At the beginning of February, we moved out of Miami and passed the last drawbridge on the ICW, crossed the Biscayne Bay and moved into the Florida Keys. We stopped a few places, but eventually landed in Tarpon Basin off of Key Largo. There’s a free dinghy dock at the county community center, and it’s a short walk to a library, Publix grocery store, and other necessities, but a long walk to a laundromat. We ended up hanging here for quite a while. There were issues with Gabe’s newfound job, so we waited to see whether he’d be able to get it worked out. Going to the library to work, with fast internet, desks, and chair, then picking up fresh chicken from the grocery just got to be too easy. Gabe came back to the boat, and we took a weekend and drove down to Key West so he could put in applications on many yachts there, based on recommendations he’d been given. We had a really lovely couple days there. Then, waited for a weather window to open to give us a safe and, hopefully, easy passage to the Bahamas.
The Window Opens
February 24 it looked like that window would open the following day. We took off that morning to move from Key Largo up to Pumpkin Key, then out the inlet to the open ocean. We went out to Shark Reef, which is one of the reefs that is part of the John Pennekamp State Park, and tied on to a mooring ball there. We swam, scrubbed the bottom of the boat, ate, and went to bed early for little sleep (at least on my part). The reason we went out there was because we could be out to the ocean when we leave in the dark, rather than needing to navigate a narrow inlet and various reefs in the dark. At 2am, we slipped the line and set sail to the east.
The plan was to go due east, according to the compass, and the current of the Gulf Stream should take us north such that we’d land at Cat Cay south of Bimini for check in. Well, it worked a little too well, probably because we’re slower than those who gave this advice, and we ended up north of where we had planned. So, we adjusted course and made our way back to Cat Cay. It ended up adding about 5 miles to the trip. But, other than that, everything went according to plan. The weather was calm, seas were calm, and we didn’t have any issues. It is amazing to ride these swells that swallow you completely, then ride right up over the next crest.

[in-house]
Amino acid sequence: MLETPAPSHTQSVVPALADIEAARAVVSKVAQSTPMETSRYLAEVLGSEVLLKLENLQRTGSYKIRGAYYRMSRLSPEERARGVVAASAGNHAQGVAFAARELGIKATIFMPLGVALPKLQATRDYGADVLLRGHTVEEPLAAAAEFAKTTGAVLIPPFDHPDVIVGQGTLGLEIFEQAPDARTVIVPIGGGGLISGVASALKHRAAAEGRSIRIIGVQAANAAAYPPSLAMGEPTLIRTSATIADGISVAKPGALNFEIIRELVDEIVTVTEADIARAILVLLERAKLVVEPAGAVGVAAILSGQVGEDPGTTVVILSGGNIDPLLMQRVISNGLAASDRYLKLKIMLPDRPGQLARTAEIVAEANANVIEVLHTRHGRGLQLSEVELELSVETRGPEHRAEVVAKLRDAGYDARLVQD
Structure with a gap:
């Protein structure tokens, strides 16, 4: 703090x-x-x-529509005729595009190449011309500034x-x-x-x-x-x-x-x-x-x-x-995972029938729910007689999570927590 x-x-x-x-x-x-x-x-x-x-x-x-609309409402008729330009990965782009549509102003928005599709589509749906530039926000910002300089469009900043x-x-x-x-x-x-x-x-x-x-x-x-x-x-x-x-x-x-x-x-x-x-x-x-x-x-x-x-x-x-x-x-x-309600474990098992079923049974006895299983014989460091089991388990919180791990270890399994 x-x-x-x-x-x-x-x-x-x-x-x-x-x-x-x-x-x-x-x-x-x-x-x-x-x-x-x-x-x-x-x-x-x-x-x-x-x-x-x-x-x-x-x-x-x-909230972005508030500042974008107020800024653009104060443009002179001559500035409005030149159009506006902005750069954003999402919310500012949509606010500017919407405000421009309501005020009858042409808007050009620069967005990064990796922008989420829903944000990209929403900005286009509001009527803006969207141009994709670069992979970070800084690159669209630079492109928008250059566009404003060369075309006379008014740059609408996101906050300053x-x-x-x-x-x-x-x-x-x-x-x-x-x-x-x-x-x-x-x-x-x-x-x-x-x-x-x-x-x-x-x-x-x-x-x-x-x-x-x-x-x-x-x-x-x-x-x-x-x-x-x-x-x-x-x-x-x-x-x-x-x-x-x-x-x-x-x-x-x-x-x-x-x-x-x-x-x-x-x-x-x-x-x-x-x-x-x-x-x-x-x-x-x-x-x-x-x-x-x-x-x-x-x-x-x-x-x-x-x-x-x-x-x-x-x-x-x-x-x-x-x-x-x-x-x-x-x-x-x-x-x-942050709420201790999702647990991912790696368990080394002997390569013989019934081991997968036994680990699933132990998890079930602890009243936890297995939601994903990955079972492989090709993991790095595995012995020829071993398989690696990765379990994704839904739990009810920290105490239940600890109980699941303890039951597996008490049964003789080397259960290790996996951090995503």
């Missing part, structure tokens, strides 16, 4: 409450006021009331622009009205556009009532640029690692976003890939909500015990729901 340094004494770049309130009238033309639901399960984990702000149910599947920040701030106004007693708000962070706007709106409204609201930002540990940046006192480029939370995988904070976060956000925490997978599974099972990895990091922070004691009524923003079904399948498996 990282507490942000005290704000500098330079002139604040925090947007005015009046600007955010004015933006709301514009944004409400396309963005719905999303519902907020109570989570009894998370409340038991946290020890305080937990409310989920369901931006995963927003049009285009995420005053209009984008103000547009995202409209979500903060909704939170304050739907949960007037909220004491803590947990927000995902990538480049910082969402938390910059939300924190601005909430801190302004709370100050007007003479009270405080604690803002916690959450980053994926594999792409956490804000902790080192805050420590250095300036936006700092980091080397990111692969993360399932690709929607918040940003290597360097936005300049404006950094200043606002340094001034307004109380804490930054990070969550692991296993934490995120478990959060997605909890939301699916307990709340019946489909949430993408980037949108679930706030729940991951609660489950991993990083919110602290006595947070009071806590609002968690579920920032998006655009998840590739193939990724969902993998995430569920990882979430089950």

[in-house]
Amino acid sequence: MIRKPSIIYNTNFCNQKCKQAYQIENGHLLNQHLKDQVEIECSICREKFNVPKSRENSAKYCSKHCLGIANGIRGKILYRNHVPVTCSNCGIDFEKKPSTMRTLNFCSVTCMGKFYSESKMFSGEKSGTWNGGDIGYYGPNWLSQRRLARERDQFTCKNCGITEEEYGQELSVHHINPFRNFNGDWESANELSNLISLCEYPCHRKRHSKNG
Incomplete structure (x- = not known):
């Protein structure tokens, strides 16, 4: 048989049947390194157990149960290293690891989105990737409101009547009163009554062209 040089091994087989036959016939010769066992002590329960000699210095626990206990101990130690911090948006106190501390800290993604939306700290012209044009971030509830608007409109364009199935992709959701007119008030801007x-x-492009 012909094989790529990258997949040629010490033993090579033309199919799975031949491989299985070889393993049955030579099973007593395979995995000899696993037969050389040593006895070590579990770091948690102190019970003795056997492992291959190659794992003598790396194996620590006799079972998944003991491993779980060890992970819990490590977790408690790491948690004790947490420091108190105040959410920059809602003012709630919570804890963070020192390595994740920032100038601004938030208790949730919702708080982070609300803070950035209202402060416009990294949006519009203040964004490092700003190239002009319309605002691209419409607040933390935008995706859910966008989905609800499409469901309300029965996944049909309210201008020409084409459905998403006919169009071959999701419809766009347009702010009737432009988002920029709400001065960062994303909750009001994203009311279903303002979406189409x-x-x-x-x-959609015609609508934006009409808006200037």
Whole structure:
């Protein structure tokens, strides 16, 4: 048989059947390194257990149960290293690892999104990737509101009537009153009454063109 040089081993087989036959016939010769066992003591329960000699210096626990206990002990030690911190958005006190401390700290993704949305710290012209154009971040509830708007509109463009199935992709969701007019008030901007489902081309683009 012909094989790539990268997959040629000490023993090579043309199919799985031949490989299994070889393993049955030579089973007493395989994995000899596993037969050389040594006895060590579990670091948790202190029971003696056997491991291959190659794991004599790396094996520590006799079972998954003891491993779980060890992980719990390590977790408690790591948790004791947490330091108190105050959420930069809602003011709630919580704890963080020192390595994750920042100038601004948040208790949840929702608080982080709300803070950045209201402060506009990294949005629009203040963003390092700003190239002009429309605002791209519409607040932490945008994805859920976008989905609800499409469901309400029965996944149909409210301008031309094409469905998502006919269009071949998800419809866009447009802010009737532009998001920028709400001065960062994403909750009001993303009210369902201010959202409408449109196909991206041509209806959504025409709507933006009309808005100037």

It’s true what they say about the clarity of the water here. We came in to 30ft of water and could clearly see the shadow of the boat on the bottom. Blues ranging from aquamarine to indigo, with lots of sapphire (think Bombay) and water as clear as gin (now you’re thinking Bombay, right?).
If anyone is reading this for advice, don’t enter at Cat Cay… you get charged an extra $107.50 for arriving there (it’s waived if you stay the night, at $4/ft, making it $108 for us). We paid the extra $0.50 and stayed and had showers, but there is nothing there worth coming to see. On the other hand, if you go to Bimini, go to Brown’s Dock and land there. It’s $1.25/ft, you can walk over to the customs check-in, there are ATMs for the required cash payment for entry if you happened to come short of cash, and the dock master sells lobster at $30/dozen. So, for the amount you spent to check in at Cat Cay, you can spend a couple nights and eat lobster until you feel bad about it… well, maybe not… I’m feeling pretty good about it!